How do you get the President of the United States to speak at your college graduation? Send postcards. Lots of them. That’s what 10,000 UC Irvine students did this year. Their reward: a personal address, delivered by the president, about environmental responsibility and the power of optimism.
“Your generation, the most educated, the most diverse, the most tolerant, the most politically independent and the most digitally fluent in our history,” he told the 8,600 graduates, “is also on record as being the most optimistic about our future. And I’m here to tell you that you are right to be optimistic.”
Obama also touched on climate change—not a surprise given his administration’s recent landmark efforts to cut carbon pollution in America’s power plants—and the ways in which the environment’s health depends upon future generations. “I want to show you how badly we need you,” he told the grads, “both your individual voices and collective efforts, to give you the chance you seek to change the world and maybe even save it.”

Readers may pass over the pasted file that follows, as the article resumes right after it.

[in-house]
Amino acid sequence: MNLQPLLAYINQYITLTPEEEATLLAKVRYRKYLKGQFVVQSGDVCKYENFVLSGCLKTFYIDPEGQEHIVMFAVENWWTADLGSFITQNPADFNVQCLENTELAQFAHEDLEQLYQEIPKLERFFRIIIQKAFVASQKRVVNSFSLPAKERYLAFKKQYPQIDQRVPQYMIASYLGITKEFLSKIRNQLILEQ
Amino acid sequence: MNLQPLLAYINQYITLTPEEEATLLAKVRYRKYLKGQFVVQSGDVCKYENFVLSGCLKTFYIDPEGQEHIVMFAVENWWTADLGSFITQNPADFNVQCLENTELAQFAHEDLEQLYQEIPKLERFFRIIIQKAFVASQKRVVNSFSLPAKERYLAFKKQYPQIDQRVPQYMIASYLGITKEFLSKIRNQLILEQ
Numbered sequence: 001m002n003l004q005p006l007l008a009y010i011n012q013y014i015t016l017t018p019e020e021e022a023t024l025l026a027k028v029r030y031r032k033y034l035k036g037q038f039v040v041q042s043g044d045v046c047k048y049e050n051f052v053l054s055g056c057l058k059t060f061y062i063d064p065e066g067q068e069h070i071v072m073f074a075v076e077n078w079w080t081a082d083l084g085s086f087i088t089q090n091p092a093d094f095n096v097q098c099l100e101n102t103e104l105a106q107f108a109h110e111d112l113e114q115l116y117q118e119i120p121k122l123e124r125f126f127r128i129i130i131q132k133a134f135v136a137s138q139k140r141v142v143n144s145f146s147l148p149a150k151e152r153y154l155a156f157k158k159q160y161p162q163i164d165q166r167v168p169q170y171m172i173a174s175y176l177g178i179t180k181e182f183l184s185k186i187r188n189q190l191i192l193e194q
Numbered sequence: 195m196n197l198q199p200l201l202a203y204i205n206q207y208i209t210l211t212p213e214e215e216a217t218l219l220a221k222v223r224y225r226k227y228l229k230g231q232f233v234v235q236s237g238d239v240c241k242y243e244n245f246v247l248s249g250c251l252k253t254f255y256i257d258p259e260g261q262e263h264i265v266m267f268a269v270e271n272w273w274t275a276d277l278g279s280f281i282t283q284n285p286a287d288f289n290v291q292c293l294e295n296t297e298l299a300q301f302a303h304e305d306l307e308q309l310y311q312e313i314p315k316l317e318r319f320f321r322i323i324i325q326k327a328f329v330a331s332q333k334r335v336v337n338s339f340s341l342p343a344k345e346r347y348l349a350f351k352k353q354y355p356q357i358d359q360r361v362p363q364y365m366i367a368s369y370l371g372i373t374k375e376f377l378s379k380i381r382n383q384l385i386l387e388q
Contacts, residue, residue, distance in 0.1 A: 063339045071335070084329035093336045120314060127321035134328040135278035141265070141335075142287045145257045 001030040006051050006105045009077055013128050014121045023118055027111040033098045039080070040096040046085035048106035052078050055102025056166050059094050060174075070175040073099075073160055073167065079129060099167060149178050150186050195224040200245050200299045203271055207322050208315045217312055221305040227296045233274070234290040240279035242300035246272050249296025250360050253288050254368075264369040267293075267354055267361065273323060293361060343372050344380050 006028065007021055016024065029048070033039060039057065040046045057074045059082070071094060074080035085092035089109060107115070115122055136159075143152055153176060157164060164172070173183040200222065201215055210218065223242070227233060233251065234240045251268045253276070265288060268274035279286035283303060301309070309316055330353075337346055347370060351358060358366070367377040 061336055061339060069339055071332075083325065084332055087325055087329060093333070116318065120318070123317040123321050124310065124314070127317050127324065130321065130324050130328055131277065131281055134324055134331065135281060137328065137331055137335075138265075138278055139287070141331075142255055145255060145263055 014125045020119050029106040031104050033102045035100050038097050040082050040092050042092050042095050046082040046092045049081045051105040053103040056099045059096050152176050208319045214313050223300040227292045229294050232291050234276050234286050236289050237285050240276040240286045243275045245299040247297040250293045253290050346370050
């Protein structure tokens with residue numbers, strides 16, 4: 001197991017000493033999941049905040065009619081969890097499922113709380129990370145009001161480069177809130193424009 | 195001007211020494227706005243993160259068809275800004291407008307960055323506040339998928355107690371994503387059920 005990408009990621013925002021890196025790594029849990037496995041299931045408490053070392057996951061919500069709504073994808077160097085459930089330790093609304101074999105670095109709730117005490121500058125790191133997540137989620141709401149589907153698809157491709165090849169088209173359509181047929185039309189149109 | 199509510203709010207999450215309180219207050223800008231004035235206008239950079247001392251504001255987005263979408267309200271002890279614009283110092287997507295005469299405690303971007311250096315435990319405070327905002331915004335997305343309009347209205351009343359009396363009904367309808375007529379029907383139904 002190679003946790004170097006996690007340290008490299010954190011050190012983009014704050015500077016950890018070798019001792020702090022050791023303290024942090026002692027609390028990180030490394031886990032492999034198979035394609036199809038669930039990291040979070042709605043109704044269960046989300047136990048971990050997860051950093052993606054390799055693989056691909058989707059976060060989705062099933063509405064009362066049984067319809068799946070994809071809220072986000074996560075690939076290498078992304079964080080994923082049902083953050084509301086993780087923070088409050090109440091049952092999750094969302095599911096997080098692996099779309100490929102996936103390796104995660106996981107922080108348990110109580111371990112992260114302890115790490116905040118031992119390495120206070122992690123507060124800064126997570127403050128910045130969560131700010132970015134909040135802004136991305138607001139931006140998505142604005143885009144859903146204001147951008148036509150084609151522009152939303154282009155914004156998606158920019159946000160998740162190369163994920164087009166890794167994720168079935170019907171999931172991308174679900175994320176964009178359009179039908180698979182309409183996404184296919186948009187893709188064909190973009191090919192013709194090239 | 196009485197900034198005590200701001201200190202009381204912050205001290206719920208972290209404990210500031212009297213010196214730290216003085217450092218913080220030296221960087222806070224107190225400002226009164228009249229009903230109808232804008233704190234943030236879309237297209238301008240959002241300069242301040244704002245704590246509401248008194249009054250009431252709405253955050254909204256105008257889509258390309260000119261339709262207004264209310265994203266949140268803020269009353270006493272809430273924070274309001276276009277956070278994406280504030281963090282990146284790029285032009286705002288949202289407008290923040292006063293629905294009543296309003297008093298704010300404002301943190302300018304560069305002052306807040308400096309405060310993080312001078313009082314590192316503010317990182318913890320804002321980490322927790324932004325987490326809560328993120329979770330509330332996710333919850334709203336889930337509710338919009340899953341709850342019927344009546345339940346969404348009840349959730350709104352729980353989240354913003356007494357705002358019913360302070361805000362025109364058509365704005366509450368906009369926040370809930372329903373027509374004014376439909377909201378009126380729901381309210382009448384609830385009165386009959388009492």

“The sooner you [help make a difference], the better,” he said, “not just for our climate, but for our economy.”
“I’m telling you all this because I want to light a fire under all of you,” he said. “As the generation getting shortchanged by inaction on this issue, I want all of you to understand you cannot accept that this is the way it has to be.”
Obama’s message wasn’t entirely terrifying. “Hope is the belief against all evidence to the contrary that there are better days ahead,” he said. “I ask you to believe in yourselves and in one another, and above all, when life gets you down and somebody tells you you can’t do something, to believe in something better.” Hope, he’s still got it.